The 2004 Lexus RX 330 will be the brand's first vehicle built outside of Japan. The award-winning Toyota Motor Manufacturing Canada, Inc. (TMMC) assembly plant in Cambridge, Ontario, and its team members have been prepared to match the quality standards established at the Kyushu, Japan, plant where some RX 330 models will continue to be built. Production at the Canadian facility will begin in September 2003.
The RX 330 succeeds the RX 300, the first crossover-based luxury-utility vehicle and the best-selling model in its segment. The new RX 330 is expected to continue as the brand's top-volume model.
"The TMMC plant has been building vehicles since 1988, and the workforce there is as passionate about pursuing perfection as their colleagues in Japan," said Denny Clements, Lexus group vice president and general manager. "Their focus is craftsmanship, not manufacturing."
The pilot team has spent two years working on the RX 330 project, including benchmarking the Kyushu plant. Hundreds of TMMC team members received special training at Kyushu, including tearing down a new RX to do a complete analysis of the body panel gap dimensions and paint.
TMMC honed the production process using a 3D computer tool called digital analysis to "assemble" a virtual RX 330. Engineers in Kyushu and Canada both were able to watch the process and observe if the TMMC plant presented any kind of assembly line interference and to determine if special tools would be required. This phase of development even took into account the larger size of the average Canadian team member compared to the Lexus team members in Japan.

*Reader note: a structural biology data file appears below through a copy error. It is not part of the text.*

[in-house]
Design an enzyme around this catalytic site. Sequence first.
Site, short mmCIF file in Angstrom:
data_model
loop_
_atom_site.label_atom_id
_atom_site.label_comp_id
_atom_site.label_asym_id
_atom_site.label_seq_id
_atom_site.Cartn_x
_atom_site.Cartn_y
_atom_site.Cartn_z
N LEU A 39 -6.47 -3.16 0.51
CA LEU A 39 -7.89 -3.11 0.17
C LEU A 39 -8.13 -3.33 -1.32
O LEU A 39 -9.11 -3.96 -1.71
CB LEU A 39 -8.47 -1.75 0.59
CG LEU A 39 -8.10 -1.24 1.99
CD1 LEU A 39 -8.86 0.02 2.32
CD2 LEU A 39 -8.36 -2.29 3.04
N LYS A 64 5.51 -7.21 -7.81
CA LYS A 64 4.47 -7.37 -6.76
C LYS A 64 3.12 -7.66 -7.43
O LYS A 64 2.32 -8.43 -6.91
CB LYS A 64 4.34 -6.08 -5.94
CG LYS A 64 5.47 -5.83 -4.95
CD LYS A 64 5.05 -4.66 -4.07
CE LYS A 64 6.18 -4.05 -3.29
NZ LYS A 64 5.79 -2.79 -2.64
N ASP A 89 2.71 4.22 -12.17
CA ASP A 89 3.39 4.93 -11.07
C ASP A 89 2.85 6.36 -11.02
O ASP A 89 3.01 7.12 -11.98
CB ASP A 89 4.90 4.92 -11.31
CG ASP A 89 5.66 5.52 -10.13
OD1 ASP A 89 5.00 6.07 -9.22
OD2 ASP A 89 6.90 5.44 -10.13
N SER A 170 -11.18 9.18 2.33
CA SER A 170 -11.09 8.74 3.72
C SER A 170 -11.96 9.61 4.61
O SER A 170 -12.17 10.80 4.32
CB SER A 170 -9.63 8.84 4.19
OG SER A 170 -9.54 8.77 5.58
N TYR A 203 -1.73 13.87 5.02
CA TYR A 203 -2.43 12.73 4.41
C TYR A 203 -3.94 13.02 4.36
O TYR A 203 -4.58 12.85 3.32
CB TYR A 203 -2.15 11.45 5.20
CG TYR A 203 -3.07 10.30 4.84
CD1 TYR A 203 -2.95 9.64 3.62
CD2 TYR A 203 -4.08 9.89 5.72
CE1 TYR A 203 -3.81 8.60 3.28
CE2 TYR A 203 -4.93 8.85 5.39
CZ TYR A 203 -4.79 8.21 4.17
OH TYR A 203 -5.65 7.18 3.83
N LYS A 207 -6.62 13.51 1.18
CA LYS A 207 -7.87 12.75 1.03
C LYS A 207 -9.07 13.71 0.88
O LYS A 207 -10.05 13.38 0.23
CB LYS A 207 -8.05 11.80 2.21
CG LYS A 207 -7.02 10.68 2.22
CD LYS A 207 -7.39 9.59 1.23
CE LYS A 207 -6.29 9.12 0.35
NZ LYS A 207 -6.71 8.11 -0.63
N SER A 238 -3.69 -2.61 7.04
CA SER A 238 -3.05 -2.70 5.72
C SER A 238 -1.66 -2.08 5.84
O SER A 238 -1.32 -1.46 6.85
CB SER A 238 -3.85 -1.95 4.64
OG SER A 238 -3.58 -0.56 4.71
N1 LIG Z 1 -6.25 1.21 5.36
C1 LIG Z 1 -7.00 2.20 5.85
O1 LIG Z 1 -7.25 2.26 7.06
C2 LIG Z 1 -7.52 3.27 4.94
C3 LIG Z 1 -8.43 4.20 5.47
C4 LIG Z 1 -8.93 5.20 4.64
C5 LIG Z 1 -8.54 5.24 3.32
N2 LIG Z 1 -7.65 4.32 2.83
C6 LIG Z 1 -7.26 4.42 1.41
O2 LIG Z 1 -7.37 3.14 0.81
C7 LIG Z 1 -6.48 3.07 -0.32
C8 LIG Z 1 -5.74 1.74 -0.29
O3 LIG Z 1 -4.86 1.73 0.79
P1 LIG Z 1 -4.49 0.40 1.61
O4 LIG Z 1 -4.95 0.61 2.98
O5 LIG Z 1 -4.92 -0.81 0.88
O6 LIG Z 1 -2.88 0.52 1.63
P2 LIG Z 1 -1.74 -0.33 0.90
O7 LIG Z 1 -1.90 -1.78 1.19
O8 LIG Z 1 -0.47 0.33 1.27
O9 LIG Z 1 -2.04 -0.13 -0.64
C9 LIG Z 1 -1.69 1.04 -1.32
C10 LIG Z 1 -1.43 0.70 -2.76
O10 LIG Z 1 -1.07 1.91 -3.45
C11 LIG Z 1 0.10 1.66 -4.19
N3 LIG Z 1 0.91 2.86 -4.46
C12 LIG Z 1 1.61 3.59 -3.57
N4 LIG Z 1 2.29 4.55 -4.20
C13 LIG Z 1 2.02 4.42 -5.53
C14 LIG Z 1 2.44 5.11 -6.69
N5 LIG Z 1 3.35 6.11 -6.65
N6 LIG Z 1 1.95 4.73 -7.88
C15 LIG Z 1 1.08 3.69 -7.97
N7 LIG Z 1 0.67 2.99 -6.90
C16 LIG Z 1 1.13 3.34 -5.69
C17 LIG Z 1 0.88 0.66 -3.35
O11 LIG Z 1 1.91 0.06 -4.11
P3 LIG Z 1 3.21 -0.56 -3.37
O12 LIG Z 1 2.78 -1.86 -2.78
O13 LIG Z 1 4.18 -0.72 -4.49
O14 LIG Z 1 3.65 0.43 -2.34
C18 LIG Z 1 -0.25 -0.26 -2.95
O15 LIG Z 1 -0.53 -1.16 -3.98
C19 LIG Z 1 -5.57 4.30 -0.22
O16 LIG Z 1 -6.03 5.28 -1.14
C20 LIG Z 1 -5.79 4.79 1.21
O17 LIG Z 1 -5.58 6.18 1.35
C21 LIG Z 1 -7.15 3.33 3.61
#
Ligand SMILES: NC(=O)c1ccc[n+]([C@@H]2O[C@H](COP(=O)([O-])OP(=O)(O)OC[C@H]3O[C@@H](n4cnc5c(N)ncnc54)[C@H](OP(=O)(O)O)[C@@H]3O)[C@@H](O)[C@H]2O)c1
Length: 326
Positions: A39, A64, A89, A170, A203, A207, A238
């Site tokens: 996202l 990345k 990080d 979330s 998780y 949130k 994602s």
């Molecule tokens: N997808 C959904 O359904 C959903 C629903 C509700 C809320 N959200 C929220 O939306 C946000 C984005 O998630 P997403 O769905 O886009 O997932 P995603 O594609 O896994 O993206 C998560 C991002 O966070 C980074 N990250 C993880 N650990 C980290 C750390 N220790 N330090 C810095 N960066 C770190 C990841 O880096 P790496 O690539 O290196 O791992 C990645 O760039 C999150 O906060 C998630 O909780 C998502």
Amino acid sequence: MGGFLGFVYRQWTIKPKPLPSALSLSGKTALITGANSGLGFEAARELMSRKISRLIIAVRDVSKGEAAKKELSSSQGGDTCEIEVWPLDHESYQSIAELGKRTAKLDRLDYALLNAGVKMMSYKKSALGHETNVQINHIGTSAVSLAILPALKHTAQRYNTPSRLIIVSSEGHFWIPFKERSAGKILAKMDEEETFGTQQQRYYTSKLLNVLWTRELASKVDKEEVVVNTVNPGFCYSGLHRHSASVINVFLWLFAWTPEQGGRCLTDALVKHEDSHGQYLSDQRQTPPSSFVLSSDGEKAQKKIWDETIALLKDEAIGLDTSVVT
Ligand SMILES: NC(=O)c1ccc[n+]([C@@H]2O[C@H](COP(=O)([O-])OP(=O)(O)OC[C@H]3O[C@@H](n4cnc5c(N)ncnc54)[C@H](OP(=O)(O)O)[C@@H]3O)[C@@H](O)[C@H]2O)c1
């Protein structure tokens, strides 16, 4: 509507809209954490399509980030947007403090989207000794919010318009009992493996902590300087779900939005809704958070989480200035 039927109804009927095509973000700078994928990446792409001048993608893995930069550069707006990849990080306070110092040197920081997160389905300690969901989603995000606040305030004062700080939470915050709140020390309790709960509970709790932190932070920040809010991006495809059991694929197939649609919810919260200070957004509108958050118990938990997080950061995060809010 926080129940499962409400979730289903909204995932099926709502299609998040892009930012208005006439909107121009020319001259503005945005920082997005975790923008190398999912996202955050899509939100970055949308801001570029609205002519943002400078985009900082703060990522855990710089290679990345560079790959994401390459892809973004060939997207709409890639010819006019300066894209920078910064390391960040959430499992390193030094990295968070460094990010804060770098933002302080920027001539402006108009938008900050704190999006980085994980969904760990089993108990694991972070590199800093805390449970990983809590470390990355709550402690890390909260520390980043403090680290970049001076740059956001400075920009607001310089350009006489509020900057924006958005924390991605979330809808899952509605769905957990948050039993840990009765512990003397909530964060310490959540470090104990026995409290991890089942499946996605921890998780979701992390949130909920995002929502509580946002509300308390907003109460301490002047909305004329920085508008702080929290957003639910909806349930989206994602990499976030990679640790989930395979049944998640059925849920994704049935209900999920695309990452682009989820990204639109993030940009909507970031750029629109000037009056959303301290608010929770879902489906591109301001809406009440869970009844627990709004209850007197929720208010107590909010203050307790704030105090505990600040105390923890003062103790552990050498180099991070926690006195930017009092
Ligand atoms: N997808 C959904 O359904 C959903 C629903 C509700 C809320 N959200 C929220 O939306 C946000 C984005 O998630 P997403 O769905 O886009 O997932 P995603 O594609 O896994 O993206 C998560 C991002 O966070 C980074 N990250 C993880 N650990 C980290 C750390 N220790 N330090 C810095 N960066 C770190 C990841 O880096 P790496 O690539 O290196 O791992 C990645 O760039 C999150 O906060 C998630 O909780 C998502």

The TMMC plant has been enhanced in preparation for RX 330 production, adding exclusive welding and paint shops for the Lexus model. Only the plastics and stamping shops are shared with Toyota models. The TMMC welding shop is equipped with a laser measurement system that checks some 700 points on the vehicle for body panel alignment.
The new paint shop was designed to be among the most environmentally conscious. It features its own climate control system, glass walls and zero-dust, high-efficiency ovens. A new water-based paint system uses individual cartridges for each color, and these don't need to be cleaned out between color changes.
The team members in the paint shop are truly passionate about their craft and have visited competitors' dealerships to inspect paint and even borrowed cars to examine them under the paint shop's lights.
"Independent organizations repeatedly judged the original RX model as the highest-quality vehicle in its segment, and we're fully confident that the North American-built RX 330 can achieve that standard of excellence, as well," said Ray Tanguay, president of TMMC.
The Cambridge plant has always applied high standards. Since the facility opened 12 years ago it has earned seven J.D. Power and Associates awards for Initial Plant Quality - four of which were Gold Plant awards.
The TMMC plant is flexibly configured to build several different models, including the Toyota Corolla and Matrix. Approximately 60,000 units of the plant's annual 250,000 vehicle capacity, will come from RX 330 production. Employment at the Canadian facility is about 3,500 people. To make room for the Lexus RX 330, assembly of the Toyota Solara will move to the Georgetown, Ky., plant, and assembly of the Sienna minivan will move from Georgetown to the Princeton, Ind., plant.